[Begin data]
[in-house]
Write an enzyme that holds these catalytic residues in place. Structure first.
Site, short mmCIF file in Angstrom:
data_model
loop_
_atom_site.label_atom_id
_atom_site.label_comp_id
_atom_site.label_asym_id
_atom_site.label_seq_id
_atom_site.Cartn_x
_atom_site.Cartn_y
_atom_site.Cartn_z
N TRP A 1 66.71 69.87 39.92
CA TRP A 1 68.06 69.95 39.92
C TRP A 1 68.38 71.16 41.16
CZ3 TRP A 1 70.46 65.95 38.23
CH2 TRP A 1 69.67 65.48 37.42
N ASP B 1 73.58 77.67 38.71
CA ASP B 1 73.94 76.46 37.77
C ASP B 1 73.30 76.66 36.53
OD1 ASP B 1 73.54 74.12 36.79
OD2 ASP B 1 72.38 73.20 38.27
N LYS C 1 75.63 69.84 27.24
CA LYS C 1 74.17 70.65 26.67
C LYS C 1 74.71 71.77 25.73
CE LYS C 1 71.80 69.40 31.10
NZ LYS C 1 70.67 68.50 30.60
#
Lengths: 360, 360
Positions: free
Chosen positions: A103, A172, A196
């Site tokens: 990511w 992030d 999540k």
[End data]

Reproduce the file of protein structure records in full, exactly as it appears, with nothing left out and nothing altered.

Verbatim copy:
[in-house]
Write an enzyme that holds these catalytic residues in place. Structure first.
Site, short mmCIF file in Angstrom:
data_model
loop_
_atom_site.label_atom_id
_atom_site.label_comp_id
_atom_site.label_asym_id
_atom_site.label_seq_id
_atom_site.Cartn_x
_atom_site.Cartn_y
_atom_site.Cartn_z
N TRP A 1 66.71 69.87 39.92
CA TRP A 1 68.06 69.95 39.92
C TRP A 1 68.38 71.16 41.16
CZ3 TRP A 1 70.46 65.95 38.23
CH2 TRP A 1 69.67 65.48 37.42
N ASP B 1 73.58 77.67 38.71
CA ASP B 1 73.94 76.46 37.77
C ASP B 1 73.30 76.66 36.53
OD1 ASP B 1 73.54 74.12 36.79
OD2 ASP B 1 72.38 73.20 38.27
N LYS C 1 75.63 69.84 27.24
CA LYS C 1 74.17 70.65 26.67
C LYS C 1 74.71 71.77 25.73
CE LYS C 1 71.80 69.40 31.10
NZ LYS C 1 70.67 68.50 30.60
#
Lengths: 360, 360
Positions: free
Chosen positions: A103, A172, A196
């Site tokens: 990511w 992030d 999540k």